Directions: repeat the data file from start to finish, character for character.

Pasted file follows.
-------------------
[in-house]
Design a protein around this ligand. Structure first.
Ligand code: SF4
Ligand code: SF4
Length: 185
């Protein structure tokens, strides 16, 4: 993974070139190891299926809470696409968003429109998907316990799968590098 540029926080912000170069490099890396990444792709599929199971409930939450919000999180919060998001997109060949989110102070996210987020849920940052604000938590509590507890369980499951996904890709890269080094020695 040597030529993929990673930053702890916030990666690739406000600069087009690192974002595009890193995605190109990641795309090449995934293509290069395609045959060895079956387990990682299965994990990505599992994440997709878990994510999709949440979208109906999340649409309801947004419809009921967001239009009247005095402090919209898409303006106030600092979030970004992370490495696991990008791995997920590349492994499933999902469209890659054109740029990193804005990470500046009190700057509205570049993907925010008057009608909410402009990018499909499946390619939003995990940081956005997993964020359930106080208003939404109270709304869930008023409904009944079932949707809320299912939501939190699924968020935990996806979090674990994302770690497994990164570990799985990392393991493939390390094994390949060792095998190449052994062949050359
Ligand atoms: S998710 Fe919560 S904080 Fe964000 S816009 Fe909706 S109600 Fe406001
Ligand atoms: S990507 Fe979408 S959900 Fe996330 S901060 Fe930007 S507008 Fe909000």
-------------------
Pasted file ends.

[in-house]
Design a protein around this ligand. Structure first.
Ligand code: SF4
Ligand code: SF4
Length: 185
């Protein structure tokens, strides 16, 4: 993974070139190891299926809470696409968003429109998907316990799968590098 540029926080912000170069490099890396990444792709599929199971409930939450919000999180919060998001997109060949989110102070996210987020849920940052604000938590509590507890369980499951996904890709890269080094020695 040597030529993929990673930053702890916030990666690739406000600069087009690192974002595009890193995605190109990641795309090449995934293509290069395609045959060895079956387990990682299965994990990505599992994440997709878990994510999709949440979208109906999340649409309801947004419809009921967001239009009247005095402090919209898409303006106030600092979030970004992370490495696991990008791995997920590349492994499933999902469209890659054109740029990193804005990470500046009190700057509205570049993907925010008057009608909410402009990018499909499946390619939003995990940081956005997993964020359930106080208003939404109270709304869930008023409904009944079932949707809320299912939501939190699924968020935990996806979090674990994302770690497994990164570990799985990392393991493939390390094994390949060792095998190449052994062949050359
Ligand atoms: S998710 Fe919560 S904080 Fe964000 S816009 Fe909706 S109600 Fe406001
Ligand atoms: S990507 Fe979408 S959900 Fe996330 S901060 Fe930007 S507008 Fe909000």